Subaru has not only survived the forces that have sent some of the smaller Japanese makers into retreat, but even prospered. And this is the car that started it all for Subaru in the US, thanks to Malcolm Bricklin, a serial entrepreneur/huckster who got the rights to import this tiny kei car in 1968 and managed to sell 10,000 of them to unsuspecting Americans for $1297. That was several hundred bucks cheaper than a VW, and the Subaru’s mini-bug looks might have fooled buyers into thinking they were getting a cut-rate Beetle, but there was a world of difference between the two.
For one, the Subaru 360 was already pretty long on tooth by the time Bricklin sent it stateside in 1968 or so. It first appeared in Japan back in 1958, only a few years after the kei car class was was upped to a maximum of 360cc (it had been 150cc). The Subaru 360 and the Suzuki Suzilight were two of the original exponents of the class, given that Toyota and Nissan were pushed into the larger sizes by the all-powerful Ministry of Trade and Industry (MITI).
It’s hard to put the 360’s size in perspective except when it’s next to a modern car, or being driven by a sumo wrestler. I’d like to see the other three get in too, and watch it take off.
Here’s a few stats that might help too: wheelbase: 70.9″ (1801mm); length: 117.7″ (2990mm), width: 51″ (1300mm); weight: 900lbs (410 kg).
I remember these buzz-bombs still running around and polluting LA’s smoggy skies after I arrived there in 1976. I wish I could remember when I saw the last one being driven though. I’ve long given up finding one curbside, so am forced to revert to the junkyard, in this case behind Gary’s Subaru garage, Eugene’s long-time Subaru specialist.
Bricklin got his start in business in 1965 when he began importing the Fuji Rabbit, a scooter made by Fuji Industries, which also made the 360. Seeing the Japanese car boom taking off in California, he soon made a deal to be the exclusive importer and distributor of Subaru cars. Subaru of America was soon drumming up other new dealers.
There’s lots of detail in this ad, with one notable exception: performance, or the lack of it. The 360 took almost a full minute (54 seconds) to huff and puff from zero to sixty. It was one of the reasons that Consumer’s Reports gave it an Unacceptable rating.
But this one undoubtedly was much faster, thanks to its aftermarket big-bore dual exhaust. Or at least sounded that way. Those pipes are probably as big in diameter as the 360’s cylinders.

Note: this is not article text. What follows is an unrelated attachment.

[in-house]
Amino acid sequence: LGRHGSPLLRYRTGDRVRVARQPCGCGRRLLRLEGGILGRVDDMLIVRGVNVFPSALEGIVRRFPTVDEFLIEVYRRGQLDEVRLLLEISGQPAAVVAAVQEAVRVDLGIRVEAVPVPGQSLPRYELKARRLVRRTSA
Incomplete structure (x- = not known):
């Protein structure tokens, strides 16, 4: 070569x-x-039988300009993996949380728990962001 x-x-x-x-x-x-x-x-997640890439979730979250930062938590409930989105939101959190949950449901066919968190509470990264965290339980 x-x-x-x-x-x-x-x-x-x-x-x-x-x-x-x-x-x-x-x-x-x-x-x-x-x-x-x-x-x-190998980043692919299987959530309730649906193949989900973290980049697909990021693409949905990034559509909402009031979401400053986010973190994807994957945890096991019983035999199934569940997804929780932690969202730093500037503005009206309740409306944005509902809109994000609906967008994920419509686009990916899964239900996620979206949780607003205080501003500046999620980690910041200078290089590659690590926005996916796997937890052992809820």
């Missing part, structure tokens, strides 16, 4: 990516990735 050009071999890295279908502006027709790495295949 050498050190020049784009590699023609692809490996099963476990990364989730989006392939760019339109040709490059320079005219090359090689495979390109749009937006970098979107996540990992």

Looks like the exhaust was the extent of any attempts to up the power of this little two-stroke twin, rated at 20 or 25 hp, depending on the source. There was a 36 hp twin-carb version, but I’m not sure those made it to the US.
Here’s a closer look down that cooling duct, where the two finned cylinders are hiding. Looks just like a Yamaha or Suzuki twin of the era.
Here’s a view into its spartan interior. Bricklin miscalculated with the 360; Americans could embrace the VW Beetle, but not really anything much smaller. The Beetle was America’s Kei car; thank you. The result was that Subaru 360 sales languished, and some were seen on dealer lots for several years before they finally found owners. Bricklin’s venture looked like it would go the way of so many others of his: The Bricklin car, Yugo, Bertone, the EV Warrior, and his most recent, Visionary Vehicles. Quite the track record. But he probably managed to make some money for himself on most of them, somehow.
What bailed Bricklin out was Subaru’s highly advanced new car, the FWD Subaru 1000, that laid the foundation of all modern Subarus with its boxer four ahead of the front axle line. Thanks to the 1000, the subsequent FF Star, and most of all the Leone series of cars and four-wheel drive versions (CC here), Subaru of America prospered. In 1984, Fuji finally bought Bricklin and his partner out, for some very serious money. And he’s been trying to replay that success ever since.
Sam Perkinson did find this cute yellow 360 and posted it at the Cohort. It appears to be at a car show. Needless to say, the 360 has a cultivated quite a cult following, and I suspect the junkyard 360 I’ve showed here is quite likely in someone’s shop getting restored. It deserves it. Even if Americans didn’t embrace kei cars then, it’s never too late.
Note to those that find their way here via a Google search: This car is no longer there, so please no e-mail inquiries to me about buying it.